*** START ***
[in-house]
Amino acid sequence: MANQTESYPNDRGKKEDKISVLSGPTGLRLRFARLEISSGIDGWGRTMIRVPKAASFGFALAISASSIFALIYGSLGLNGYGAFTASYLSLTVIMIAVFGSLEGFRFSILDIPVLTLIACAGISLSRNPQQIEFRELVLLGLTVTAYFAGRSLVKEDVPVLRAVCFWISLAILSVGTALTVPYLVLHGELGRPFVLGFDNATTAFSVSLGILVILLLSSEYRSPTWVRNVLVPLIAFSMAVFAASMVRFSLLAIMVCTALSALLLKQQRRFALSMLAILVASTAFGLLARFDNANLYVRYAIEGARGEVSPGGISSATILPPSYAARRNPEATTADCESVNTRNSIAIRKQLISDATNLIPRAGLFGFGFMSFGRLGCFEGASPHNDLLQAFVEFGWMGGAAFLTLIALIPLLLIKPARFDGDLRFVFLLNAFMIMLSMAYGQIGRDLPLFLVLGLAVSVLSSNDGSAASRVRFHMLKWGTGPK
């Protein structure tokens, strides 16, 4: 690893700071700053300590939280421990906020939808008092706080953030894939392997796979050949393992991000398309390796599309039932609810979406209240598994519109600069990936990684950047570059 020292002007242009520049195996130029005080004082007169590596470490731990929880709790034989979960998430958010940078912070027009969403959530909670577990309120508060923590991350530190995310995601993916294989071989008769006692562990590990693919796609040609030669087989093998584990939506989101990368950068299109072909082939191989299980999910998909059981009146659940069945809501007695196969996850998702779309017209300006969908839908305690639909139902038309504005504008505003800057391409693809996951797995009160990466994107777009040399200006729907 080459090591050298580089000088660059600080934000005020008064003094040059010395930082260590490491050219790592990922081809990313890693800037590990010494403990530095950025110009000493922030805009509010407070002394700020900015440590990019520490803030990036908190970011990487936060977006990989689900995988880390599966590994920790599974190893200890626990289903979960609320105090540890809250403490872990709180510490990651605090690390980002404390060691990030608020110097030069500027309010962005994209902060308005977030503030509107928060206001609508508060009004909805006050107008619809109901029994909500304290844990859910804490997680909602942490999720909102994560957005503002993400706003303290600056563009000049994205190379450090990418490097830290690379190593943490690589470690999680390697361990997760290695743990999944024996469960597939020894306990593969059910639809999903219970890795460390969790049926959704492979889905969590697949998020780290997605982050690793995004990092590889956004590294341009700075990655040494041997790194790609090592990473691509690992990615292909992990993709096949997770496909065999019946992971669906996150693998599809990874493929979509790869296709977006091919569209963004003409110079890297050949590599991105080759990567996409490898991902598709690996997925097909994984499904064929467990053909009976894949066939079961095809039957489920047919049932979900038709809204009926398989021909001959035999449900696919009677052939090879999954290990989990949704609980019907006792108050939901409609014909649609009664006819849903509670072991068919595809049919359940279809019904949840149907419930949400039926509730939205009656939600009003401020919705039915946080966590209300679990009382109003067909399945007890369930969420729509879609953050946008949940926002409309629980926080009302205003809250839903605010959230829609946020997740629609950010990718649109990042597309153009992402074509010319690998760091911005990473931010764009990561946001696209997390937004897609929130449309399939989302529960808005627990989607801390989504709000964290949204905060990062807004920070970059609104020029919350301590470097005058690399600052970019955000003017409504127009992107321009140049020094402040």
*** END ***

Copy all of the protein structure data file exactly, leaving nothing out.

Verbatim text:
[in-house]
Amino acid sequence: MANQTESYPNDRGKKEDKISVLSGPTGLRLRFARLEISSGIDGWGRTMIRVPKAASFGFALAISASSIFALIYGSLGLNGYGAFTASYLSLTVIMIAVFGSLEGFRFSILDIPVLTLIACAGISLSRNPQQIEFRELVLLGLTVTAYFAGRSLVKEDVPVLRAVCFWISLAILSVGTALTVPYLVLHGELGRPFVLGFDNATTAFSVSLGILVILLLSSEYRSPTWVRNVLVPLIAFSMAVFAASMVRFSLLAIMVCTALSALLLKQQRRFALSMLAILVASTAFGLLARFDNANLYVRYAIEGARGEVSPGGISSATILPPSYAARRNPEATTADCESVNTRNSIAIRKQLISDATNLIPRAGLFGFGFMSFGRLGCFEGASPHNDLLQAFVEFGWMGGAAFLTLIALIPLLLIKPARFDGDLRFVFLLNAFMIMLSMAYGQIGRDLPLFLVLGLAVSVLSSNDGSAASRVRFHMLKWGTGPK
């Protein structure tokens, strides 16, 4: 690893700071700053300590939280421990906020939808008092706080953030894939392997796979050949393992991000398309390796599309039932609810979406209240598994519109600069990936990684950047570059 020292002007242009520049195996130029005080004082007169590596470490731990929880709790034989979960998430958010940078912070027009969403959530909670577990309120508060923590991350530190995310995601993916294989071989008769006692562990590990693919796609040609030669087989093998584990939506989101990368950068299109072909082939191989299980999910998909059981009146659940069945809501007695196969996850998702779309017209300006969908839908305690639909139902038309504005504008505003800057391409693809996951797995009160990466994107777009040399200006729907 080459090591050298580089000088660059600080934000005020008064003094040059010395930082260590490491050219790592990922081809990313890693800037590990010494403990530095950025110009000493922030805009509010407070002394700020900015440590990019520490803030990036908190970011990487936060977006990989689900995988880390599966590994920790599974190893200890626990289903979960609320105090540890809250403490872990709180510490990651605090690390980002404390060691990030608020110097030069500027309010962005994209902060308005977030503030509107928060206001609508508060009004909805006050107008619809109901029994909500304290844990859910804490997680909602942490999720909102994560957005503002993400706003303290600056563009000049994205190379450090990418490097830290690379190593943490690589470690999680390697361990997760290695743990999944024996469960597939020894306990593969059910639809999903219970890795460390969790049926959704492979889905969590697949998020780290997605982050690793995004990092590889956004590294341009700075990655040494041997790194790609090592990473691509690992990615292909992990993709096949997770496909065999019946992971669906996150693998599809990874493929979509790869296709977006091919569209963004003409110079890297050949590599991105080759990567996409490898991902598709690996997925097909994984499904064929467990053909009976894949066939079961095809039957489920047919049932979900038709809204009926398989021909001959035999449900696919009677052939090879999954290990989990949704609980019907006792108050939901409609014909649609009664006819849903509670072991068919595809049919359940279809019904949840149907419930949400039926509730939205009656939600009003401020919705039915946080966590209300679990009382109003067909399945007890369930969420729509879609953050946008949940926002409309629980926080009302205003809250839903605010959230829609946020997740629609950010990718649109990042597309153009992402074509010319690998760091911005990473931010764009990561946001696209997390937004897609929130449309399939989302529960808005627990989607801390989504709000964290949204905060990062807004920070970059609104020029919350301590470097005058690399600052970019955000003017409504127009992107321009140049020094402040």